If you live in one of the parts of Australia that are drought stricken, you may be having a difficult time keeping your lawn looking lush. However, if you are taking all the necessary measures to hydrate your grass, such as irrigation installation and mulching, and still find that your efforts are not fruitful, chances are you could have a pest infestation on your hands. Some pests can severely hinder plant growth on your property, as not only do they attack the root systems, but also can affect the composition of your soil. It would be imperative to have a pest control professional inspect your land and discern if, indeed, you have an infestation on your hands. So what signs would be indicative that your yard is in dire need of pest control?
The grass has become spongy underfoot
In normal circumstances, spongy grass will usually be a sign of a burst pipe in your yard. Burst pipes are a serious problem so it would be best to discern whether this is the cause. However, if you find your plumbing system is intact yet parts of your lawn still feel mushy underfoot, it could be a reason to call in the pest control professionals. Mole crickets are the typical culprit for this sign as these insects attack the roots of your grass. As a result, the grass begins to decay, and your yard starts to feel spongy. Take note that mole crickets could also attract other foraging pests onto your property such as possums.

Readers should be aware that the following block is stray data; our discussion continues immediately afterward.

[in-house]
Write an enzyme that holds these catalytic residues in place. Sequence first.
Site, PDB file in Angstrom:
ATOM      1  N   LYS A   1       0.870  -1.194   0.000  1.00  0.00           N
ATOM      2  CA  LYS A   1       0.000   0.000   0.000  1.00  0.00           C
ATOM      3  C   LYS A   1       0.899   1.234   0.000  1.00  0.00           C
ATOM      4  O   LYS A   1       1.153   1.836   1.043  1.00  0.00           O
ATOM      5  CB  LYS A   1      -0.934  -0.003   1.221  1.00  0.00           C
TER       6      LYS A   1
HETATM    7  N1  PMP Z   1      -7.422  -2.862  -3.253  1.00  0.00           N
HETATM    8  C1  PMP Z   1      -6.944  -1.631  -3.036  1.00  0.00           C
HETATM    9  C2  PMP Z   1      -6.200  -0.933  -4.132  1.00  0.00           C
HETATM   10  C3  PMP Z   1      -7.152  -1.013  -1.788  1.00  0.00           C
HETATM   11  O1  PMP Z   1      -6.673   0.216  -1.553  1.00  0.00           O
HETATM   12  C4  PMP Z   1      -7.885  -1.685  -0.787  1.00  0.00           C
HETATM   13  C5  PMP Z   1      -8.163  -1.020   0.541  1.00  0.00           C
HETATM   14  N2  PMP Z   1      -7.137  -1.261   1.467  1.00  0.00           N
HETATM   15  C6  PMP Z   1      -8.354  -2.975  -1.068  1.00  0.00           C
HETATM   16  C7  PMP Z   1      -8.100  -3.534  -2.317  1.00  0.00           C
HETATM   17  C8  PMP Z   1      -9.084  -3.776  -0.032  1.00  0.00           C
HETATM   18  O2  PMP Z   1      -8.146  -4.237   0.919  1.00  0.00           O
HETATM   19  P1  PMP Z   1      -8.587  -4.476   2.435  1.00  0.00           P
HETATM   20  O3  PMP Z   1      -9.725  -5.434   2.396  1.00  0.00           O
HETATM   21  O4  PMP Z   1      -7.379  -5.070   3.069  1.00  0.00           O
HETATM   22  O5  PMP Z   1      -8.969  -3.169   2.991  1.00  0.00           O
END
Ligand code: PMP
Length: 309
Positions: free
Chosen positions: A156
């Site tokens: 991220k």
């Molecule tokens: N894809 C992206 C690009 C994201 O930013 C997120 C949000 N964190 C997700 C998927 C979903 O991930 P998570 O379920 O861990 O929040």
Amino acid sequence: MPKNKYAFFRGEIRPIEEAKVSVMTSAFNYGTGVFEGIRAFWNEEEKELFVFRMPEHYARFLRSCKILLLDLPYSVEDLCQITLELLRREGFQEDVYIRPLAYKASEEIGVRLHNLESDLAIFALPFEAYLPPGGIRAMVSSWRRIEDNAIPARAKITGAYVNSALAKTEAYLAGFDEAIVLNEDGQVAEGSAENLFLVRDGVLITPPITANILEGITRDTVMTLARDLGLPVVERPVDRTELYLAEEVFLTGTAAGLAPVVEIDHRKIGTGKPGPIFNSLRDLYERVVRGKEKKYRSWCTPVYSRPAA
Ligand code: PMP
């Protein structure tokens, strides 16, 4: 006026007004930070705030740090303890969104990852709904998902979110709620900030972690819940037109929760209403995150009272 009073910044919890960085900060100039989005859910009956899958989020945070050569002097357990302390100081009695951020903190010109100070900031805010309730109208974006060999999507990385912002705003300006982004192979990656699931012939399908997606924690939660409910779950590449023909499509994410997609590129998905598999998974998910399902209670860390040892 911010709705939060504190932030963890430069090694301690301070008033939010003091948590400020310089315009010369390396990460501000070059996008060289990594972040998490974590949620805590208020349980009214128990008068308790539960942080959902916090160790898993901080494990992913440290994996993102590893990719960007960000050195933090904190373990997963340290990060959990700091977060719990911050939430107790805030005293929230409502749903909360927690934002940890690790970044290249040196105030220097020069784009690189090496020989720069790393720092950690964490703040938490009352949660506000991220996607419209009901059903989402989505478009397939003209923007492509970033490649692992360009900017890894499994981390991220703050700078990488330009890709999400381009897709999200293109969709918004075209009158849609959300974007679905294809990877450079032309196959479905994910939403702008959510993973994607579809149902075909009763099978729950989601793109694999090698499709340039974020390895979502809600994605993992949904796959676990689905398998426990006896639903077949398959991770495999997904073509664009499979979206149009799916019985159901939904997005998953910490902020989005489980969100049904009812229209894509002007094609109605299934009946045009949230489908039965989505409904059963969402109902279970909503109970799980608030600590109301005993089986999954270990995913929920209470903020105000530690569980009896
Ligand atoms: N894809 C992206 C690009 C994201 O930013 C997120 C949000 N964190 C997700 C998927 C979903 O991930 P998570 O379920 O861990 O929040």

Mole holes on your property
A blatant indicator of a potential pest infestation in your yard is the presence of peculiar holes. These holes would typically be accompanied by some small mounds of soil. Further investigations may even alert you to tunnels beneath the ground that lead from one hole to the next. If you notice these signs, it is likely that you have moles infesting your property. Pest control services should be called on immediately, or you will find that as the population grows, the more the appearance of your yard deteriorates.
The yard has brown-coloured patches
When some homeowners notice brown patches on their property, they will typically assume that the grass merely has died off. Although dying grass is a plausible reason, brown patches could also signal a pest infestation. Some pest invasions tend to be concentrated on various parts of your lawn, rather than infesting the entire yard. Thus, where the colonies have started to breed is where the brown patches develop. If you are suspicious about some parts of your lawn not looking a uniform colour with the rest of your yard, you should have pest control services investigate the cause for you.Share